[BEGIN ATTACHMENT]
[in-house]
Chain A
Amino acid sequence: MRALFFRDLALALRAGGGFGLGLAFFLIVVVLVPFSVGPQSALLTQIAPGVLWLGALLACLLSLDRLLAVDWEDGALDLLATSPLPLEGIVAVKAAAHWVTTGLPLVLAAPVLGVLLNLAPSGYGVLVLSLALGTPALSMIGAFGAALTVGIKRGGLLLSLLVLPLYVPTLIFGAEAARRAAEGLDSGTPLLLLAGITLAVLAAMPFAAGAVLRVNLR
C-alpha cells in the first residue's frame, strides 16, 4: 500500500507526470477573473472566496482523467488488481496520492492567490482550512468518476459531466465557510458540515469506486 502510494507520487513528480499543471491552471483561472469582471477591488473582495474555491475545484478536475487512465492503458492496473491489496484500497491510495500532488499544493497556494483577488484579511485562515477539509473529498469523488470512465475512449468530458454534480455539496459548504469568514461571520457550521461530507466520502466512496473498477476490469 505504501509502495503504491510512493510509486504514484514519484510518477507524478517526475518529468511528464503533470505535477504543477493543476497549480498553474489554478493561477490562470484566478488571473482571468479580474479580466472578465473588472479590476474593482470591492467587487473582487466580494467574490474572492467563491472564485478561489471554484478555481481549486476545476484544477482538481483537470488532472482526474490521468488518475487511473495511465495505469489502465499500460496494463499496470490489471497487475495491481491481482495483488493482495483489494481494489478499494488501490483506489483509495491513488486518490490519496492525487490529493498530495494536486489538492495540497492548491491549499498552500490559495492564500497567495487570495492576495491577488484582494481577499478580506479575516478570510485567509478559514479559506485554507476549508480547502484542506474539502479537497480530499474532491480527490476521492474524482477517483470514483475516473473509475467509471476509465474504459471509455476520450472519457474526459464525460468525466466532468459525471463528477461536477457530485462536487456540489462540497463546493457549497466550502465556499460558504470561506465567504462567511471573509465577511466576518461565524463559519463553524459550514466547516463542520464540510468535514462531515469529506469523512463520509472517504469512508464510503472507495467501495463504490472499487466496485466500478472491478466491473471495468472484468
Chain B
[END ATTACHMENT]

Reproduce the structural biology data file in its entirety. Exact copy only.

[in-house]
Chain A
Amino acid sequence: MRALFFRDLALALRAGGGFGLGLAFFLIVVVLVPFSVGPQSALLTQIAPGVLWLGALLACLLSLDRLLAVDWEDGALDLLATSPLPLEGIVAVKAAAHWVTTGLPLVLAAPVLGVLLNLAPSGYGVLVLSLALGTPALSMIGAFGAALTVGIKRGGLLLSLLVLPLYVPTLIFGAEAARRAAEGLDSGTPLLLLAGITLAVLAAMPFAAGAVLRVNLR
C-alpha cells in the first residue's frame, strides 16, 4: 500500500507526470477573473472566496482523467488488481496520492492567490482550512468518476459531466465557510458540515469506486 502510494507520487513528480499543471491552471483561472469582471477591488473582495474555491475545484478536475487512465492503458492496473491489496484500497491510495500532488499544493497556494483577488484579511485562515477539509473529498469523488470512465475512449468530458454534480455539496459548504469568514461571520457550521461530507466520502466512496473498477476490469 505504501509502495503504491510512493510509486504514484514519484510518477507524478517526475518529468511528464503533470505535477504543477493543476497549480498553474489554478493561477490562470484566478488571473482571468479580474479580466472578465473588472479590476474593482470591492467587487473582487466580494467574490474572492467563491472564485478561489471554484478555481481549486476545476484544477482538481483537470488532472482526474490521468488518475487511473495511465495505469489502465499500460496494463499496470490489471497487475495491481491481482495483488493482495483489494481494489478499494488501490483506489483509495491513488486518490490519496492525487490529493498530495494536486489538492495540497492548491491549499498552500490559495492564500497567495487570495492576495491577488484582494481577499478580506479575516478570510485567509478559514479559506485554507476549508480547502484542506474539502479537497480530499474532491480527490476521492474524482477517483470514483475516473473509475467509471476509465474504459471509455476520450472519457474526459464525460468525466466532468459525471463528477461536477457530485462536487456540489462540497463546493457549497466550502465556499460558504470561506465567504462567511471573509465577511466576518461565524463559519463553524459550514466547516463542520464540510468535514462531515469529506469523512463520509472517504469512508464510503472507495467501495463504490472499487466496485466500478472491478466491473471495468472484468
Chain B